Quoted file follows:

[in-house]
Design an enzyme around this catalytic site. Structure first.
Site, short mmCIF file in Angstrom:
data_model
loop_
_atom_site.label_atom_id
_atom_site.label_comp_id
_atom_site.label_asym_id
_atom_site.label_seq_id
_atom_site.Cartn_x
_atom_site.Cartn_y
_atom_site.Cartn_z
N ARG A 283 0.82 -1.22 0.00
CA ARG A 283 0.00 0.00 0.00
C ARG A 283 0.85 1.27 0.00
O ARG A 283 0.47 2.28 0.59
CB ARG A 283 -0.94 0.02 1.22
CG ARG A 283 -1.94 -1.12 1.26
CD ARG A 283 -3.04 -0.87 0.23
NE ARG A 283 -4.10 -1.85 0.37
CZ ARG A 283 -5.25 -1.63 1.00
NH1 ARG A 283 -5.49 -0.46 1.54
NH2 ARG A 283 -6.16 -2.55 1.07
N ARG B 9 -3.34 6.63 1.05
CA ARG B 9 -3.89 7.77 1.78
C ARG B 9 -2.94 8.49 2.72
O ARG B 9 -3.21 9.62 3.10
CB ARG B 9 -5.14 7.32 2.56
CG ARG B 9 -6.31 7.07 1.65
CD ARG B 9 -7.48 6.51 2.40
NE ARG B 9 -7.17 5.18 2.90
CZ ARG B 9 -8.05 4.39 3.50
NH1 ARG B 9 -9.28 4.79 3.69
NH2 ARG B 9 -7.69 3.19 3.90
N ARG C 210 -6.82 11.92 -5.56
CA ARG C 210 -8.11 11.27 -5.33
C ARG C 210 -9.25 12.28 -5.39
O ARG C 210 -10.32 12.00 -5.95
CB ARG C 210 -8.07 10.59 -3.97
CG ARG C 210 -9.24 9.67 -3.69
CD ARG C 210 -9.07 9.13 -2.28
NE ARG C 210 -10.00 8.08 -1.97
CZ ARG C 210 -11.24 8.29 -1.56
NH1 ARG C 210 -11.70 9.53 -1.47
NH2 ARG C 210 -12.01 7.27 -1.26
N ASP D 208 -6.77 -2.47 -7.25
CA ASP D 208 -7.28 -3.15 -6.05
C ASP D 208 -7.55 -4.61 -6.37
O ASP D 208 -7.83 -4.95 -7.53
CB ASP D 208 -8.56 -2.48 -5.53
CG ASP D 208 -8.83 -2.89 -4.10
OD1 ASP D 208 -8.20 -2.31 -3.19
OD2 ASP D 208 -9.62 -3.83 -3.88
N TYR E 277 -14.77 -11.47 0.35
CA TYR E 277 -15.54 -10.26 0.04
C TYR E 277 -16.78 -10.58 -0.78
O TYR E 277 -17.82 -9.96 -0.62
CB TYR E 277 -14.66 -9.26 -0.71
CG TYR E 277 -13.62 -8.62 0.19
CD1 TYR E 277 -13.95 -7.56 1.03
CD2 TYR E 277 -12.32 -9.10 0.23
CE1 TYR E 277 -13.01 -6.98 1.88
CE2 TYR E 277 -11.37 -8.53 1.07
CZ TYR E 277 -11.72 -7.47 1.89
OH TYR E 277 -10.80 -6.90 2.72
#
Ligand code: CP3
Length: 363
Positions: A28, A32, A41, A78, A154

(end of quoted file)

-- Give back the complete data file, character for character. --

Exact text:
[in-house]
Design an enzyme around this catalytic site. Structure first.
Site, short mmCIF file in Angstrom:
data_model
loop_
_atom_site.label_atom_id
_atom_site.label_comp_id
_atom_site.label_asym_id
_atom_site.label_seq_id
_atom_site.Cartn_x
_atom_site.Cartn_y
_atom_site.Cartn_z
N ARG A 283 0.82 -1.22 0.00
CA ARG A 283 0.00 0.00 0.00
C ARG A 283 0.85 1.27 0.00
O ARG A 283 0.47 2.28 0.59
CB ARG A 283 -0.94 0.02 1.22
CG ARG A 283 -1.94 -1.12 1.26
CD ARG A 283 -3.04 -0.87 0.23
NE ARG A 283 -4.10 -1.85 0.37
CZ ARG A 283 -5.25 -1.63 1.00
NH1 ARG A 283 -5.49 -0.46 1.54
NH2 ARG A 283 -6.16 -2.55 1.07
N ARG B 9 -3.34 6.63 1.05
CA ARG B 9 -3.89 7.77 1.78
C ARG B 9 -2.94 8.49 2.72
O ARG B 9 -3.21 9.62 3.10
CB ARG B 9 -5.14 7.32 2.56
CG ARG B 9 -6.31 7.07 1.65
CD ARG B 9 -7.48 6.51 2.40
NE ARG B 9 -7.17 5.18 2.90
CZ ARG B 9 -8.05 4.39 3.50
NH1 ARG B 9 -9.28 4.79 3.69
NH2 ARG B 9 -7.69 3.19 3.90
N ARG C 210 -6.82 11.92 -5.56
CA ARG C 210 -8.11 11.27 -5.33
C ARG C 210 -9.25 12.28 -5.39
O ARG C 210 -10.32 12.00 -5.95
CB ARG C 210 -8.07 10.59 -3.97
CG ARG C 210 -9.24 9.67 -3.69
CD ARG C 210 -9.07 9.13 -2.28
NE ARG C 210 -10.00 8.08 -1.97
CZ ARG C 210 -11.24 8.29 -1.56
NH1 ARG C 210 -11.70 9.53 -1.47
NH2 ARG C 210 -12.01 7.27 -1.26
N ASP D 208 -6.77 -2.47 -7.25
CA ASP D 208 -7.28 -3.15 -6.05
C ASP D 208 -7.55 -4.61 -6.37
O ASP D 208 -7.83 -4.95 -7.53
CB ASP D 208 -8.56 -2.48 -5.53
CG ASP D 208 -8.83 -2.89 -4.10
OD1 ASP D 208 -8.20 -2.31 -3.19
OD2 ASP D 208 -9.62 -3.83 -3.88
N TYR E 277 -14.77 -11.47 0.35
CA TYR E 277 -15.54 -10.26 0.04
C TYR E 277 -16.78 -10.58 -0.78
O TYR E 277 -17.82 -9.96 -0.62
CB TYR E 277 -14.66 -9.26 -0.71
CG TYR E 277 -13.62 -8.62 0.19
CD1 TYR E 277 -13.95 -7.56 1.03
CD2 TYR E 277 -12.32 -9.10 0.23
CE1 TYR E 277 -13.01 -6.98 1.88
CE2 TYR E 277 -11.37 -8.53 1.07
CZ TYR E 277 -11.72 -7.47 1.89
OH TYR E 277 -10.80 -6.90 2.72
#
Ligand code: CP3
Length: 363
Positions: A28, A32, A41, A78, A154